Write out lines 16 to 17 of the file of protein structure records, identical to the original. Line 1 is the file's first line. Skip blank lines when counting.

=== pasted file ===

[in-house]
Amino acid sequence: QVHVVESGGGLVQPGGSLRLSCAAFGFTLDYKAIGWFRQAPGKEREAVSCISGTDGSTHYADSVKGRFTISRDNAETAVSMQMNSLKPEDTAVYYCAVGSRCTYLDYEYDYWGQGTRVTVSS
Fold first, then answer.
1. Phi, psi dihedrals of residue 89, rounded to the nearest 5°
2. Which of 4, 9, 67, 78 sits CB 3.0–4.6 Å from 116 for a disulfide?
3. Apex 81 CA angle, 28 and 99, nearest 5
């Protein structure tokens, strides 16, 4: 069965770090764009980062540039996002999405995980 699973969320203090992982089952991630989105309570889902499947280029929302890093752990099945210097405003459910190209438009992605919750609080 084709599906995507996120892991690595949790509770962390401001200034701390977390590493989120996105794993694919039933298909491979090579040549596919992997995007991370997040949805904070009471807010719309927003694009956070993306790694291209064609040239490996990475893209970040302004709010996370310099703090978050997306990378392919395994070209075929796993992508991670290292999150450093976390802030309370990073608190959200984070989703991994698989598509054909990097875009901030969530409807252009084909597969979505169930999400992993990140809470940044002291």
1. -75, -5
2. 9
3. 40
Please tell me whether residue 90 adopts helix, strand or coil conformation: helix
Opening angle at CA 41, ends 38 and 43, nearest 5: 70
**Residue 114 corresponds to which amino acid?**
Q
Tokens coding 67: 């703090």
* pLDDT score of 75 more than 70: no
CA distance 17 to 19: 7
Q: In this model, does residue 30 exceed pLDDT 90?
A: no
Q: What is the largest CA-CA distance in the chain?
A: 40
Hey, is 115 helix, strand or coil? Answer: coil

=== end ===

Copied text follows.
* pLDDT score of 75 more than 70: no
CA distance 17 to 19: 7